Dr Elizabeth Hale
Senior Lecturer - School of Arts
Phone: +61 2 6773 2356
Elizabeth Hale is a Senior Lecturer in English and Writing. She has published widely on topics in children's literature, nineteenth-century literature, and classical reception studies. Elizabeth grew up in New Zealand, and studied English Literature and Latin at the University of Otago, before gaining her MA and PhD in English at Brandeis University in the United States. She has worked at UNE since 2002, and is currently Chair of the Research Committee, where she oversees the School of Arts's program of research support.
BA Honours (1st Class) in English Literature and Latin, University of Otago; MA, PhD in English Literature, Brandeis University.
In 2011, Elizabeth was awarded an Australian Learning and Teaching Citation for her work developing a sustained program of teaching that unites critical and creative approaches to literature.
From 2010-2014, Elizabeth was the Director of the UNE Writers and Illustrators in Residence Program, a program of visiting writers and illustrators in children's literature, funded by the Copyright Agency Cultural Fund. With her colleagues, Sascha Morrell and Jeremy Fisher, she organised a Visual Storytelling Symposium that extended the Residency Program: a collection of essays from that event is planned for the near future. For more information, please see:
- Nineteenth-Century Literature
- Children's Literature
- Children's Media
- Creative Writing
Elizabeth has a broad array of interests in literary studies, centering around the intersections between children's literature (1800 to the present), classical studies, character formation, and creative writing. Her current projects include a monograph on depictions of talent and character in children's novels from 1850 to 1914, and an investigation of the ways in which Australian and New Zealand writers of young adult fiction engage with classical myth to depict the challenges of coming of age. She is also fascinated by the intersection of words and images in illustrated texts from the 19th century to the present day.
Maurice Gee: A Literary Companion. The Fiction for Young Readers. Edited, Elizabeth Hale. Otago University Press, 2014.
Marvellous Codes: The Fiction of Margaret Mahy. Edited, Elizabeth Hale and Sarah Fiona Winters. Victoria University Press, 2005.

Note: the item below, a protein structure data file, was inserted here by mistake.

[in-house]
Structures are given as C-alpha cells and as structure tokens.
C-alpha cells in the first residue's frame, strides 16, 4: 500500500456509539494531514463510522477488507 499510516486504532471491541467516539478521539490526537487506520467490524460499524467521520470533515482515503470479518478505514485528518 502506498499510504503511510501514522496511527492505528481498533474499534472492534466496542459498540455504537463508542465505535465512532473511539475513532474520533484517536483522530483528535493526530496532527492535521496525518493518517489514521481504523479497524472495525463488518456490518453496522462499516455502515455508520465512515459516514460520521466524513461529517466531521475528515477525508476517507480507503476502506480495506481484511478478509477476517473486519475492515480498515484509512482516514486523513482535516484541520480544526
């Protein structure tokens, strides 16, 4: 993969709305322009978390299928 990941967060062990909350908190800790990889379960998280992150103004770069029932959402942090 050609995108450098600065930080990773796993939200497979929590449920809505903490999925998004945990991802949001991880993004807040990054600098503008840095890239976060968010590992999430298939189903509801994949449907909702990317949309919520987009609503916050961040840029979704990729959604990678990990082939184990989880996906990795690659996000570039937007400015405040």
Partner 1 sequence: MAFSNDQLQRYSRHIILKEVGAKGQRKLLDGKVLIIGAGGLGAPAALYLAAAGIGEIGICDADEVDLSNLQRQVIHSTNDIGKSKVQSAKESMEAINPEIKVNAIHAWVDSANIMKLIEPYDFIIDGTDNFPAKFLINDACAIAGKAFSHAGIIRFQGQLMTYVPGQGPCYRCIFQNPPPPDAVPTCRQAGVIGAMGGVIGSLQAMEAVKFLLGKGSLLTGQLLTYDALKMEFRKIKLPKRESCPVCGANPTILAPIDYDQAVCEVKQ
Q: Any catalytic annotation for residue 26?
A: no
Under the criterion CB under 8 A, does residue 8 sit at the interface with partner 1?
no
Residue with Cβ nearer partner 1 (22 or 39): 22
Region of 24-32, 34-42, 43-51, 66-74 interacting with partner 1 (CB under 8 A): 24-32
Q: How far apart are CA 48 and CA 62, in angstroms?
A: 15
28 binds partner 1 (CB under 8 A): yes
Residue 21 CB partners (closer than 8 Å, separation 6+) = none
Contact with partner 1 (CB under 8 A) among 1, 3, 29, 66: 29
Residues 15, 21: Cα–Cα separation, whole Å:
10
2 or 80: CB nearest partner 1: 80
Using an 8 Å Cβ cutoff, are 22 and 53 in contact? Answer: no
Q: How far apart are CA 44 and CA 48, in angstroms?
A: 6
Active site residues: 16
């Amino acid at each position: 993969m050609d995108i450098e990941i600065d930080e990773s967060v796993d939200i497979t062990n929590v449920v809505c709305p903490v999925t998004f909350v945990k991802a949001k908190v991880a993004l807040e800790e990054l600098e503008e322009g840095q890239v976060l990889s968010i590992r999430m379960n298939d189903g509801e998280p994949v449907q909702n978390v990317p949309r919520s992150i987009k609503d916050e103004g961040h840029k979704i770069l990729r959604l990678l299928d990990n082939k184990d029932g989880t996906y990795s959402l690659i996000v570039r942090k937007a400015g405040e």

“Katabasis Down Under in the Novels of Margaret Mahy and Maurice Gee,” Our Mythical Childhoods, Ed. Katarzyna Marciniak, Brill Publishers, 2015: 163-169.
“Disability and the Individual Talent: Adolescent Girlhood in The Pillars of the House and What Katy Did “ in Charlotte Yonge: Rereading Domestic Religious Fiction. Ed. Tamara Wagner. Routledge, 2012.
“Truth and Claw: The Beastly Children and Childlike Beasts of Saki, Beatrix Potter, and Kenneth Grahame.” Worlds Enough and Time: Childhood in Edwardian Fiction. Eds. Adrienne E. Gavin and Andrew F. Humphries. Palgrave Macmillan December 2008. 191-207. This book won the Children’s Literature Association of America prize for an edited book in 2010.
“The Case of Mr. Casaubon: Gothic Monstrosity in Middlemarch” in Demons of the Body and Mind: Essays on Disability in Gothic Literature. Ruth Anolik, Ed. Jefferson: North Carolina: McFarland and Company, Inc. (2010)
“Long-Suffering Professional Females: The Case of Nanny-Lit.” Chick Lit: The New Woman’s Fiction. Eds. Mallory Young and Suzanne Ferriss. New York: Routledge, 2005.
“Underworlds Down Under: The Navigator and Under the Mountain.” Gothic NZ. Eds. Jennifer Lawn and Misha Kavka. Dunedin, New Zealand: University of Otago Press, 2006. 101-111.
Refereed Journal Articles
"Childhood and the Environment in The Little Prince." (Co-authored with Michael Fox.) Dalhousie Review, 93 (2013): 289-303.
"James Bond and the Art of Eating Eggs" Gastronomica: The Journal of Food and Culture. December 2012.
"The Women of Troy: Barrie Kosky, The Sydney Theatre Company, and Classical Theatre in Australia." Didaskalia: The Journal for Ancient Performance. 2011.
“Disability and the Individual Talent: Adolescent Girlhood in The Pillars of the House and What Katy Did.” Women’s Writing 17 (2) (August 2010): 343-360.
“Sickly Scholars and Healthy Novels: The Classical Scholar in Victorian Fiction.” International Journal of the Classical Tradition (June 2010) IJCT is the major journal in Classical Reception Studies.
“The Lost Echo: Introduction.” Australasian Drama Studies, 56 (April 2010). 103-108. Australasian Drama Studies is a major peer-reviewed journal. I edited a Special Issue on the work of Barrie Kosky. All articles in the issue were peer-reviewed.
“The Pursuit of Youth: Adolescence, Seduction, and the Pastoral in Act One of The Lost Echo.” Australasian Drama Studies 56 (April, 2010) 117-130.
“Truth-telling Englishmen: Classics as a Test of Character in Victorian School Stories”. New Voices in Classical Reception Studies. Spring 2008.
“Turning Away from Formal Education: John Ruskin and the Scholar Within,” Scholarships in Victorian Britain: Leeds Working Papers in Victorian Studies, 1 (1998): 114 –125.
“A Close Reading of Longfellow’s ‘Mezzo Cammin’,” Deep South, electronic journal, University of Otago, 1995: http://www.otago.ac.nz/DeepSouth/vol1no1/hale1.html.